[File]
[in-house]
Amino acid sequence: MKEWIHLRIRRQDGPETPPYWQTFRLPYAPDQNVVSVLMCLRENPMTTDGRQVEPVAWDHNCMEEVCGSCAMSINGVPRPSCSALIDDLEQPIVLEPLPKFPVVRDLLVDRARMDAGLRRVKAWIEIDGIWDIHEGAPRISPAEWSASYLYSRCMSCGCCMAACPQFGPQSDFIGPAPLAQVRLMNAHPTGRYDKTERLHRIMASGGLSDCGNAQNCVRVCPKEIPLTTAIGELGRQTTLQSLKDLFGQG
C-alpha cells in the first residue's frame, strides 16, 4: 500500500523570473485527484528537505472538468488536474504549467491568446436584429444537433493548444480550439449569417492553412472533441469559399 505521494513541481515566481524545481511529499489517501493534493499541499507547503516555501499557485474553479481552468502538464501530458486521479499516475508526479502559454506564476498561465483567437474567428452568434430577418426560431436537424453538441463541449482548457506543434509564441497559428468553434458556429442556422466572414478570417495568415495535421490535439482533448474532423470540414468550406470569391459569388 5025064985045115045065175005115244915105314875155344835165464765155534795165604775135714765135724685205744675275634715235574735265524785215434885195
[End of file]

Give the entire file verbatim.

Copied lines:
[in-house]
Amino acid sequence: MKEWIHLRIRRQDGPETPPYWQTFRLPYAPDQNVVSVLMCLRENPMTTDGRQVEPVAWDHNCMEEVCGSCAMSINGVPRPSCSALIDDLEQPIVLEPLPKFPVVRDLLVDRARMDAGLRRVKAWIEIDGIWDIHEGAPRISPAEWSASYLYSRCMSCGCCMAACPQFGPQSDFIGPAPLAQVRLMNAHPTGRYDKTERLHRIMASGGLSDCGNAQNCVRVCPKEIPLTTAIGELGRQTTLQSLKDLFGQG
C-alpha cells in the first residue's frame, strides 16, 4: 500500500523570473485527484528537505472538468488536474504549467491568446436584429444537433493548444480550439449569417492553412472533441469559399 505521494513541481515566481524545481511529499489517501493534493499541499507547503516555501499557485474553479481552468502538464501530458486521479499516475508526479502559454506564476498561465483567437474567428452568434430577418426560431436537424453538441463541449482548457506543434509564441497559428468553434458556429442556422466572414478570417495568415495535421490535439482533448474532423470540414468550406470569391459569388 5025064985045115045065175005115244915105314875155344835165464765155534795165604775135714765135724685205744675275634715235574735265524785215434885195